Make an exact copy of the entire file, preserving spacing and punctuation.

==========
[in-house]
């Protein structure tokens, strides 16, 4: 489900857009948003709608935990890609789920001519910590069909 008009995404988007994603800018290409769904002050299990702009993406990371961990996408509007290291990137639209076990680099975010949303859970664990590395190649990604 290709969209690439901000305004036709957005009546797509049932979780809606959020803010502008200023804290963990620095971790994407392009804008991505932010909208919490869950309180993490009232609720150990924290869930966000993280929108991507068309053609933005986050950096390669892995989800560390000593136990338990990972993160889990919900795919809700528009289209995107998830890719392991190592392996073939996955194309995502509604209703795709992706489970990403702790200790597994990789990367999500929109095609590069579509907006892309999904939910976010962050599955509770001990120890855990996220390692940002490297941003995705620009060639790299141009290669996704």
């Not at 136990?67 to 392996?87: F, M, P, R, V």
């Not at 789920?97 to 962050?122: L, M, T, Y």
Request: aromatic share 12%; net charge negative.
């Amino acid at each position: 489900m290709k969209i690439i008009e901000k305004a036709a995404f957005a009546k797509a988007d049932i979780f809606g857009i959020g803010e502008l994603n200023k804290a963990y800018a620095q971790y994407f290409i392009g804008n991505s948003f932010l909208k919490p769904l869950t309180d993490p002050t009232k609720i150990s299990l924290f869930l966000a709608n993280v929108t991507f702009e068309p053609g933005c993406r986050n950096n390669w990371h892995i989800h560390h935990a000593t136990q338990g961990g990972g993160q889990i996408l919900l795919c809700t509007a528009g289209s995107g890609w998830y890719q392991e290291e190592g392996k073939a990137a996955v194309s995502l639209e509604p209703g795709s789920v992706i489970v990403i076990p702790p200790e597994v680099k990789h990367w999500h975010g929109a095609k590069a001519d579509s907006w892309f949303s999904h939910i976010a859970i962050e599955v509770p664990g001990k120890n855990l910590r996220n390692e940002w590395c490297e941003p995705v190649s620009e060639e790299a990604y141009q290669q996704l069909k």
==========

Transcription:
[in-house]
């Protein structure tokens, strides 16, 4: 489900857009948003709608935990890609789920001519910590069909 008009995404988007994603800018290409769904002050299990702009993406990371961990996408509007290291990137639209076990680099975010949303859970664990590395190649990604 290709969209690439901000305004036709957005009546797509049932979780809606959020803010502008200023804290963990620095971790994407392009804008991505932010909208919490869950309180993490009232609720150990924290869930966000993280929108991507068309053609933005986050950096390669892995989800560390000593136990338990990972993160889990919900795919809700528009289209995107998830890719392991190592392996073939996955194309995502509604209703795709992706489970990403702790200790597994990789990367999500929109095609590069579509907006892309999904939910976010962050599955509770001990120890855990996220390692940002490297941003995705620009060639790299141009290669996704």
């Not at 136990?67 to 392996?87: F, M, P, R, V």
């Not at 789920?97 to 962050?122: L, M, T, Y």
Request: aromatic share 12%; net charge negative.
């Amino acid at each position: 489900m290709k969209i690439i008009e901000k305004a036709a995404f957005a009546k797509a988007d049932i979780f809606g857009i959020g803010e502008l994603n200023k804290a963990y800018a620095q971790y994407f290409i392009g804008n991505s948003f932010l909208k919490p769904l869950t309180d993490p002050t009232k609720i150990s299990l924290f869930l966000a709608n993280v929108t991507f702009e068309p053609g933005c993406r986050n950096n390669w990371h892995i989800h560390h935990a000593t136990q338990g961990g990972g993160q889990i996408l919900l795919c809700t509007a528009g289209s995107g890609w998830y890719q392991e290291e190592g392996k073939a990137a996955v194309s995502l639209e509604p209703g795709s789920v992706i489970v990403i076990p702790p200790e597994v680099k990789h990367w999500h975010g929109a095609k590069a001519d579509s907006w892309f949303s999904h939910i976010a859970i962050e599955v509770p664990g001990k120890n855990l910590r996220n390692e940002w590395c490297e941003p995705v190649s620009e060639e790299a990604y141009q290669q996704l069909k």